The ASX was up 40.4pts, or 0.70 per cent, at 5715.1pts on Wednesday. The Federal Budget was released on Tuesday night and revealed tax breaks and funding that many analysts predict will generally benefit business conditions in Australia. The rise on the ASX was led by the Industrials and Financials sectors, rising 1 and 0.82 per cent respectively. The Energy sector also posted gains of 0.75 per cent. Australian shares were initially volatile in the opening hour of trading, with the ASX jumping in the opening minutes before retreating into negative territory later in the hour. In the following hour Australian shares jumped moderately and continued a mostly upward trend. The Australian dollar ran into resistance at the $0.80 mark and fell to $0.7965 on poor Chinese economic data.
In US and Europe, volatility struck the bond markets, causing a spill over in the equities markets. In the US, the Dow Jones was down 0.20 per cent and the S&P 500 was down 0.29 per cent. In Europe, the DAX was down 1.72 per cent and the FTSE 100 was down 1.37 per cent. The Asian markets are mixed on Wednesday. The Nikkei 225 has advanced 0.71 per cent near the end of trading hours. The Hang Seng has fallen 0.20 per cent while the Shanghai Composite has fallen 0.18 per cent so far on Wednesday.
Myer Holdings Limited (ASX:MYR) was up 14.5c, or 10.28 per cent, at $1.56 per share. The retail giant released a report revealing a 2.4 per cent increase in sales in the March quarter on Wednesday.
Westpac Banking Corporation (ASX:WBC) was down 76c, or 2.23 per cent, at $33.30 per share. Australian financial companies had strong gains on Wednesday, with the exception of Westpac, which fell over 2 per cent.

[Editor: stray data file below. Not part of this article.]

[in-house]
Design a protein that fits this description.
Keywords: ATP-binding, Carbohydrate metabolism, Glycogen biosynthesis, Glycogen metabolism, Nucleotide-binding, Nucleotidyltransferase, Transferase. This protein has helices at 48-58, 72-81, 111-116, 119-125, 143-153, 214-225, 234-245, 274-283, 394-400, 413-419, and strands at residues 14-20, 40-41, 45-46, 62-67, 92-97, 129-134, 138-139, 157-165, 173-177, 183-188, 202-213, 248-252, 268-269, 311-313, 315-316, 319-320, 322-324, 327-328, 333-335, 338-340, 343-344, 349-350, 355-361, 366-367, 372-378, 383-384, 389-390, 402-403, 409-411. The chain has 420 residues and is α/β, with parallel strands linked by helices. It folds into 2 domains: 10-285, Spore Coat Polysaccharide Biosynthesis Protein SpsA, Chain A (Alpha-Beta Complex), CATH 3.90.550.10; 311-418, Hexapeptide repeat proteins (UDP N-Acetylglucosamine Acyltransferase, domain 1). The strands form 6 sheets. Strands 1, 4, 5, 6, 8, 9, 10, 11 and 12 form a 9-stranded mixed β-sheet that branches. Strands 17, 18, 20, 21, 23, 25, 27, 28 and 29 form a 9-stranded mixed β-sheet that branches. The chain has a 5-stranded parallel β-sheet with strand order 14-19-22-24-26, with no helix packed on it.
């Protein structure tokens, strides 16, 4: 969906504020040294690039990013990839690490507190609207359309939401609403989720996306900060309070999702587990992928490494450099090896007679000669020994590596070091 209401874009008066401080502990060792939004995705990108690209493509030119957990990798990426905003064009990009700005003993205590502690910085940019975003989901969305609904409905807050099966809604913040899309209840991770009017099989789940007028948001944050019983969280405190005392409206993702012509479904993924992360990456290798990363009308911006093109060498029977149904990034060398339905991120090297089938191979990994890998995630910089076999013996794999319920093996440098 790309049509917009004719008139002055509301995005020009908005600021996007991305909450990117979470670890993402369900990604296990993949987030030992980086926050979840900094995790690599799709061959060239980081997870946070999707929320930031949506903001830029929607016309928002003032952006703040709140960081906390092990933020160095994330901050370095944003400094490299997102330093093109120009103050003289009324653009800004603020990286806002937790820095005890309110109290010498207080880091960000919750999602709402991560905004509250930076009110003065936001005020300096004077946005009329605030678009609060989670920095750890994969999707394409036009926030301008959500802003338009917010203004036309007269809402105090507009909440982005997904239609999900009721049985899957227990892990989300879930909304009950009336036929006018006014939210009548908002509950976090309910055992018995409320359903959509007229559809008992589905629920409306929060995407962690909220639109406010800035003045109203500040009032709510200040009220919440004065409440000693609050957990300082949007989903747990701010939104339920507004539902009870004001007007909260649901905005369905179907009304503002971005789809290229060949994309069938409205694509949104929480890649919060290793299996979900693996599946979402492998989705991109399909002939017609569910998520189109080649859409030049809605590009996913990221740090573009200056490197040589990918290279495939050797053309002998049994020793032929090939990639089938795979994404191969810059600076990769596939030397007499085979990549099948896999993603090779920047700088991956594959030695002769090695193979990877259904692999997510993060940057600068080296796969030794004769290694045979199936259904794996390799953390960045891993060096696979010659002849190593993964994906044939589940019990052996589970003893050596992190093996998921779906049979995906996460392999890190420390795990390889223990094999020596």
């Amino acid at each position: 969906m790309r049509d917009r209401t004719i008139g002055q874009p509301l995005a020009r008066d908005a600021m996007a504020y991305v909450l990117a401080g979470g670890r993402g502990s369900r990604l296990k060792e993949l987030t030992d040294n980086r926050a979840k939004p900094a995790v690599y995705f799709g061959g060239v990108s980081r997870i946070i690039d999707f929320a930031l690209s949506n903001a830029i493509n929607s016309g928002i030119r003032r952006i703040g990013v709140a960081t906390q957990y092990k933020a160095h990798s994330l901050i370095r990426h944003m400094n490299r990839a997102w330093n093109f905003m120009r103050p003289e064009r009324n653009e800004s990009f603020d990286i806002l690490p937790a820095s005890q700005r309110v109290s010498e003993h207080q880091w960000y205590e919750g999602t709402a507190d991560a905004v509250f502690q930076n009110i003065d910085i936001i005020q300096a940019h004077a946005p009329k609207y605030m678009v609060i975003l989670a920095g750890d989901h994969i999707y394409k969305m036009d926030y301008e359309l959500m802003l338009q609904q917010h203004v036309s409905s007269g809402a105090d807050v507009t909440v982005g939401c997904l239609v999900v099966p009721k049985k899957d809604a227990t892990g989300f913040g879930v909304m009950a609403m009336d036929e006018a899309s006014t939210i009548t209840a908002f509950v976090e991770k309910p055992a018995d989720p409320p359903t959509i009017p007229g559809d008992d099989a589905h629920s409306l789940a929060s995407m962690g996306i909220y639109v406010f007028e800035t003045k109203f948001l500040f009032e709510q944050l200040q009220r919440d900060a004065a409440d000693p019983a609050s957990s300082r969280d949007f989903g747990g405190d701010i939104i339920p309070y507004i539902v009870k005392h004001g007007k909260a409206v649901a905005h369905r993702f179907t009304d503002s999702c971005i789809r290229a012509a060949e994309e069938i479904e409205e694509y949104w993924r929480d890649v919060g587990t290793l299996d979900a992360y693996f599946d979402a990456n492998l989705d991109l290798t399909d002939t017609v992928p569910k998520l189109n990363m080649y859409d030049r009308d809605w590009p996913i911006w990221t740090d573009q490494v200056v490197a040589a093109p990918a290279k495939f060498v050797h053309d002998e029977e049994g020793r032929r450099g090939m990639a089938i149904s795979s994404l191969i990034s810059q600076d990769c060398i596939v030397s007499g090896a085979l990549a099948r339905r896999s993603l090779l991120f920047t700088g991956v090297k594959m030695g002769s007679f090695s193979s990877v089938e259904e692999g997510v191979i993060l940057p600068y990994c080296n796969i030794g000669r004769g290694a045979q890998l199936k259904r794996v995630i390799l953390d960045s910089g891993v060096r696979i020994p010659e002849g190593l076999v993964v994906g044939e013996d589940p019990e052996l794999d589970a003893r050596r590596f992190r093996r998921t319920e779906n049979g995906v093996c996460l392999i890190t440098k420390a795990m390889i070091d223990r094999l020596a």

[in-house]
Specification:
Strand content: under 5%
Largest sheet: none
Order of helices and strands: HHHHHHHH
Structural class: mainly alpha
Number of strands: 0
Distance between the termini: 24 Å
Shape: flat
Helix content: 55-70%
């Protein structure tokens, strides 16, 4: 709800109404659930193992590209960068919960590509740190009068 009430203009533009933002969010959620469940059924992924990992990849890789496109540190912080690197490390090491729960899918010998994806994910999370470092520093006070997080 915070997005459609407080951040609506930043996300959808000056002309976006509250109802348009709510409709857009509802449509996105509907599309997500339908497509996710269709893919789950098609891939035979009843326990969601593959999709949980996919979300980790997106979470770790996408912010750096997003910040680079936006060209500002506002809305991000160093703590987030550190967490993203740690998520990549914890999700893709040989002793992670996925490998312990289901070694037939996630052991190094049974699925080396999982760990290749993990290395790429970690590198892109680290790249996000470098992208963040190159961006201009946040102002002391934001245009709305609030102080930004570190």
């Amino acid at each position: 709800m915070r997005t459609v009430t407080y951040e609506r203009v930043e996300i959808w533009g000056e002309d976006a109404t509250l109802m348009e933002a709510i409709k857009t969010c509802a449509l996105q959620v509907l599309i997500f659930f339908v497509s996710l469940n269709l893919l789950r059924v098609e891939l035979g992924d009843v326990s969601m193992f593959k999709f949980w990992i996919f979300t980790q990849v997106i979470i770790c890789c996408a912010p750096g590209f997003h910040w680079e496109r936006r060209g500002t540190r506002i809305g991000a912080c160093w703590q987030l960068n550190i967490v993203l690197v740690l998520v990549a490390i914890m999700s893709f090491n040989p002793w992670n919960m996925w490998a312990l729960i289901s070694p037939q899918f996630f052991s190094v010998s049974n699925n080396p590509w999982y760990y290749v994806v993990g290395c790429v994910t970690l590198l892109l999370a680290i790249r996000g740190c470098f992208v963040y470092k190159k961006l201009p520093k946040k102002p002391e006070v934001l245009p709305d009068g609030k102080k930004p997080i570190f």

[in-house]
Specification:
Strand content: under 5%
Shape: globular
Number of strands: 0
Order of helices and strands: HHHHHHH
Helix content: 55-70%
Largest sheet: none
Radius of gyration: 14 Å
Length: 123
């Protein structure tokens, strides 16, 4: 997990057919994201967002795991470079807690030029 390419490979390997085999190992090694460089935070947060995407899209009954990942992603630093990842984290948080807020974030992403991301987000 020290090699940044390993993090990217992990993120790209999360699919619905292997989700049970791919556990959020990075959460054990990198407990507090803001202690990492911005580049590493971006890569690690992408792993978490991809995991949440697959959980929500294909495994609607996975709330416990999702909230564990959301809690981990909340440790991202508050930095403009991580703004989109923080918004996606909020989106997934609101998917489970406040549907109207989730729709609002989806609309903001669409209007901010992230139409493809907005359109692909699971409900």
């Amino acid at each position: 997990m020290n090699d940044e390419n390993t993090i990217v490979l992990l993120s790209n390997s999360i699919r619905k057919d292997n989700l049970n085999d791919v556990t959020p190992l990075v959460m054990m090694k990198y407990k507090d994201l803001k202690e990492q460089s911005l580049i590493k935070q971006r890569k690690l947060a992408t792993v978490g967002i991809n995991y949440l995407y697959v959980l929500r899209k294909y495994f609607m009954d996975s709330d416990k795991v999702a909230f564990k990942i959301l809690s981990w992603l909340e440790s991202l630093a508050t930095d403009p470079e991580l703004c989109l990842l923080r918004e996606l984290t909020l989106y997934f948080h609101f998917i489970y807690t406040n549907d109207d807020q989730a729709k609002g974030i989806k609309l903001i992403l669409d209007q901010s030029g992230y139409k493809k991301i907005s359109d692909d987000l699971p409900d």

Commonwealth Bank of Australia (ASX:CBA) was up $1.10, or 1.33 per cent, at $83.98 per share. After following a downward trend starting late last month, CBA made a partial turnaround on Wednesday.
National Australia Bank (ASX:NAB) was up $1.11, or 3.21 per cent, at $35.65 per share.
Author: Simon Herrmann
May 13, 2015
Simon is a financial analyst at independent research firm Wise-owl who wants to change the world by disrupting the cliché approach to investment decision making with convergent thinking. Wise-owl’s goal is plain and simple: Find the best opportunities for our members by following a proven methodology and to create long-term value through high-quality advice, innovation, technology and education. We combine industry experience and the agile mentality of a start-up. Wise-owl is the future of stock market investing.